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 EDITOR'S ADVISORY: SRU Art Professor Off to the Sudan: Seeks Potable Water Supply 

 

SPOTLIGHT

EDITOR’S ADVISORY                                   12-20-04

 

SLIPPERY ROCK UNIVERSITY ART PROFESSOR TO SPEND HOLIDAY IN THE SUDAN

SEEKING WAY TO BRING POTABLE WATER TO REGION’S RESIDENTS

Richard Wukich, art professor at Slippery Rock University and an active member of Potters for Peace, a group working to bring ceramic water filters to areas of the world in need of potable water, will spend part of his Christmas break working with the International Rescue Committee’s world relief efforts in the Darfur region of the Sudan. He expects to begin his journey later today (Dec. 20.)

Professor Wukich, who primarily teaches pottery-making classes at SRU, joined the faculty in 1968. In a similar mission earlier this year, he traveled to Iraq with Potters for Peace.

A primary mission on the Darfur trip will be an assessment of the feasibility of delivering a water filter press to the region. If conditions are favorable, he says the press could begin operations turning out filters early in 2005 – February or March. The ceramic filter removes harmful bacteria and microbes from water making it drinkable.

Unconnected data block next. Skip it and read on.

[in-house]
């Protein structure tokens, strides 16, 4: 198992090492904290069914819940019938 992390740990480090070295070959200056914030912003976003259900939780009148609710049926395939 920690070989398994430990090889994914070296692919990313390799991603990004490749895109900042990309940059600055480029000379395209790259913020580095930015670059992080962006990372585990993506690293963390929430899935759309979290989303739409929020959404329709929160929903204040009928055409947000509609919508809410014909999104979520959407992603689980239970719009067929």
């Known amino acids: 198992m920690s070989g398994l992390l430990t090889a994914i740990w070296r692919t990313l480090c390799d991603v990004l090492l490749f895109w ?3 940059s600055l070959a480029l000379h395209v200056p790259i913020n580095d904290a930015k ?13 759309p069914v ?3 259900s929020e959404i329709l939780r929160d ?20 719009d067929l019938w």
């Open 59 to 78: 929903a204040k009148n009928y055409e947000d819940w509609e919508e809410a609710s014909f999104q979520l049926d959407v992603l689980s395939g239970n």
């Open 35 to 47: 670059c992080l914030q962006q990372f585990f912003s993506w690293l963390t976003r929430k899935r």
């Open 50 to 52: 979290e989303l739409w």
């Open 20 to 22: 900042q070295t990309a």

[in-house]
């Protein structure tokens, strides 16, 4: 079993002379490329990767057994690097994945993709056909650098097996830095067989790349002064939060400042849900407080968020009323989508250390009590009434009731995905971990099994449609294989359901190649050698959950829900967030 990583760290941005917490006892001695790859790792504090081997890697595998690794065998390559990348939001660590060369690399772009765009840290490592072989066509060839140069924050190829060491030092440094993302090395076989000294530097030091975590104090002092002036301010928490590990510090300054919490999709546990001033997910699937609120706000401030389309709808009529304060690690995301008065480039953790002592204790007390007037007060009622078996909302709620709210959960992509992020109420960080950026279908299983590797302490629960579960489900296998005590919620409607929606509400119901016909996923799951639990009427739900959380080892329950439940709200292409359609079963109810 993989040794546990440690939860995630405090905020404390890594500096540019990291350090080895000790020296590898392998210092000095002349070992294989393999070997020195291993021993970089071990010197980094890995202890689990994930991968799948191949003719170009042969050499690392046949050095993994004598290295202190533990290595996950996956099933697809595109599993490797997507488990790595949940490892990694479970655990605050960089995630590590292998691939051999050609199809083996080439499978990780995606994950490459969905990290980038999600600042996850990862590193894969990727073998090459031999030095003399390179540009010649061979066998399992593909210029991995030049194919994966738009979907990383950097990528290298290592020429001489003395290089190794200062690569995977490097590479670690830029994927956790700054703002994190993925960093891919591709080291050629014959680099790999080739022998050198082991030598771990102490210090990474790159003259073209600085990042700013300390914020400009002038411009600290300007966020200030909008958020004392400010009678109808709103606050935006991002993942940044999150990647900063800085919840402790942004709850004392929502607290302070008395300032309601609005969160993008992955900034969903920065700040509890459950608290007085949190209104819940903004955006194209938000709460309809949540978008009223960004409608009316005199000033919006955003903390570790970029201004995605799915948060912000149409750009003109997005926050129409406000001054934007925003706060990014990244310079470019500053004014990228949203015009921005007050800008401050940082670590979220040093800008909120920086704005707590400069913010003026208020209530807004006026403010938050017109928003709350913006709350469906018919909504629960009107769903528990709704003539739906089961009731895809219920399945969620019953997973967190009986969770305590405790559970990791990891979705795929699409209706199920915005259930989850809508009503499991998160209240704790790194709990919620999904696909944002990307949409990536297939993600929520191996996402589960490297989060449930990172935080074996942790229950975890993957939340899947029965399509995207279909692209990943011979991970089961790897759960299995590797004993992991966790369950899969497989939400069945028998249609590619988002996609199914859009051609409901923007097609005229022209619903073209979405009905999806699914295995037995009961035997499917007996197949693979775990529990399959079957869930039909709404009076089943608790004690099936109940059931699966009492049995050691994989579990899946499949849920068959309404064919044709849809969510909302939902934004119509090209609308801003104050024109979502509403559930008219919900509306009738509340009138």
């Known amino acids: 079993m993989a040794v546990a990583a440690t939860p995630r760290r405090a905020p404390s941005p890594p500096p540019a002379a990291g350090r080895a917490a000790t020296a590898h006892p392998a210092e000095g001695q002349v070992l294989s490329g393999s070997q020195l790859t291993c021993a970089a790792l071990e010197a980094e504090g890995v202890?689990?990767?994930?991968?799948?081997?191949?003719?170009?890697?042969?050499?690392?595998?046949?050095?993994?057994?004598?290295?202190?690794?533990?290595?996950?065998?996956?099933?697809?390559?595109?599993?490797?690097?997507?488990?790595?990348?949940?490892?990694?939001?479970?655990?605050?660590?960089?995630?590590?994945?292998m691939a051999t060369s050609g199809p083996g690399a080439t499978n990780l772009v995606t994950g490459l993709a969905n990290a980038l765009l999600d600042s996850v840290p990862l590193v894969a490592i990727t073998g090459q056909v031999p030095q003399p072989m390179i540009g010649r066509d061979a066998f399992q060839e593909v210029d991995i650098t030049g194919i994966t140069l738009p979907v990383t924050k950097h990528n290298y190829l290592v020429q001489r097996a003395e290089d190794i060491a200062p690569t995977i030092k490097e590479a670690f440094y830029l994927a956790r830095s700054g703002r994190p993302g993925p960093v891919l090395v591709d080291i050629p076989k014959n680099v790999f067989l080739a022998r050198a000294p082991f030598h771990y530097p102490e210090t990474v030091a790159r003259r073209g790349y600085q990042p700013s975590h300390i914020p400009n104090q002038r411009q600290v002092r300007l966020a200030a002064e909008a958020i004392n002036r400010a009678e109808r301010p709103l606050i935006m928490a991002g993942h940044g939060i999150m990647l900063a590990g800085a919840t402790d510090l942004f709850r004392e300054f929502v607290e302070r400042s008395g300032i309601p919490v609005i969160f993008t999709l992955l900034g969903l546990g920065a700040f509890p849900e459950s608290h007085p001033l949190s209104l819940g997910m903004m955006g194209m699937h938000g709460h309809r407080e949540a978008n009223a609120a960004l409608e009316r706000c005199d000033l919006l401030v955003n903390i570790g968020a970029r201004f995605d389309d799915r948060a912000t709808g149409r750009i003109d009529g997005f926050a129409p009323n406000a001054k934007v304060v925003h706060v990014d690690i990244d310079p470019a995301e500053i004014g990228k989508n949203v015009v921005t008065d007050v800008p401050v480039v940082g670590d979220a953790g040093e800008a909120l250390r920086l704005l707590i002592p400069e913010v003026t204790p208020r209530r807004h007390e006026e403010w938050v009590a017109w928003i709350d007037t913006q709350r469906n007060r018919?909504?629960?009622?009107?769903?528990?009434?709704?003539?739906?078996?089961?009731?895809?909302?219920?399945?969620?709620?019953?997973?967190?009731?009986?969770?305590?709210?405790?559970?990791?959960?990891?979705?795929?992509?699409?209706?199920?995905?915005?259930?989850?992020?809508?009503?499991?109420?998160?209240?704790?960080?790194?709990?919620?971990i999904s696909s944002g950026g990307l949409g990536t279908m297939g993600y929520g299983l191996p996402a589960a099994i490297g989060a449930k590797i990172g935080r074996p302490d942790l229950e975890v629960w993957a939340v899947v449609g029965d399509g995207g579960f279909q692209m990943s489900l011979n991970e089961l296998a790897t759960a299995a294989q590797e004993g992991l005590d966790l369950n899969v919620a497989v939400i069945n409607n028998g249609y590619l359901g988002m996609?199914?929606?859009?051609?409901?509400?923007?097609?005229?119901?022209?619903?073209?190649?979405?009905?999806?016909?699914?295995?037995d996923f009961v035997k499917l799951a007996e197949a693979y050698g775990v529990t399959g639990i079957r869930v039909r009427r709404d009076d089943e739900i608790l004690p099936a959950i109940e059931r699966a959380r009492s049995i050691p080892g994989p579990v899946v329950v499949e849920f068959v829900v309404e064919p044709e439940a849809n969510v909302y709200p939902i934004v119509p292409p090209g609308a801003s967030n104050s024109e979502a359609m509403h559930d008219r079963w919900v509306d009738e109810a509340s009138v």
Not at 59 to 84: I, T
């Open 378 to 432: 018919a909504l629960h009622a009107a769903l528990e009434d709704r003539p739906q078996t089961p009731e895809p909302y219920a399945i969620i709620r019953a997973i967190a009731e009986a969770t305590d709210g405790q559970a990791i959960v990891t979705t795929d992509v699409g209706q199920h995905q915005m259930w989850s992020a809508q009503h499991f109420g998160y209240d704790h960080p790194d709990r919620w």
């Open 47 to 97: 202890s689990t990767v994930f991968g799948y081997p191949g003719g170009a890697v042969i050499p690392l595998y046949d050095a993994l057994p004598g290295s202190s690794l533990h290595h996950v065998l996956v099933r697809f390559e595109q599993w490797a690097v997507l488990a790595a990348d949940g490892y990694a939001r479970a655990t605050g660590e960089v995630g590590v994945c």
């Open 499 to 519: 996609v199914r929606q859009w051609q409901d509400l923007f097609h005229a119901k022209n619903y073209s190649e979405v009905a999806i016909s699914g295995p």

In late-November the Pittsburgh Post-Gazette editorialized on the problems faced in the Sudan calling for more world attention to the region and noting its two primarily conflicts one that “pits the north, dominated by Muslims and the military, against, the south, Christians and animists, who have been in rebellion against the north for 21 years. The second is in the west of the country, the Darfur region, along its border with Chad and Central African Republican.” The editorial noted the struggles are over resources, particularly oil and land, and called for world intervention to help solve the problems.  

Founded in 1933, the International Rescue Committee is a world leader in relief, rehabilitation, protection, post-conflict development, resettlement services and advocacy for those uprooted or affected by violent conflict and oppression. The organization is at work in 25 countries delivering lifesaving aid in emergencies, rebuilding shattered communities, caring for war-traumatized children, rehabilitating health care, water and sanitation systems and reuniting separated families, among other projects.

As part of his trip, Mr. Wukich is willing to provide e-mail letters from Darfur to interested reporters updating his visit and observations. Those interested are asked to call 724-738-2199. Mr. Wukich may be reached at
724-530-7215 – or via e-mail at: rwukich@pathway.net

 

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K.E. Schwab -- PN, PgN, WPN, PR, PT, AA, S

         

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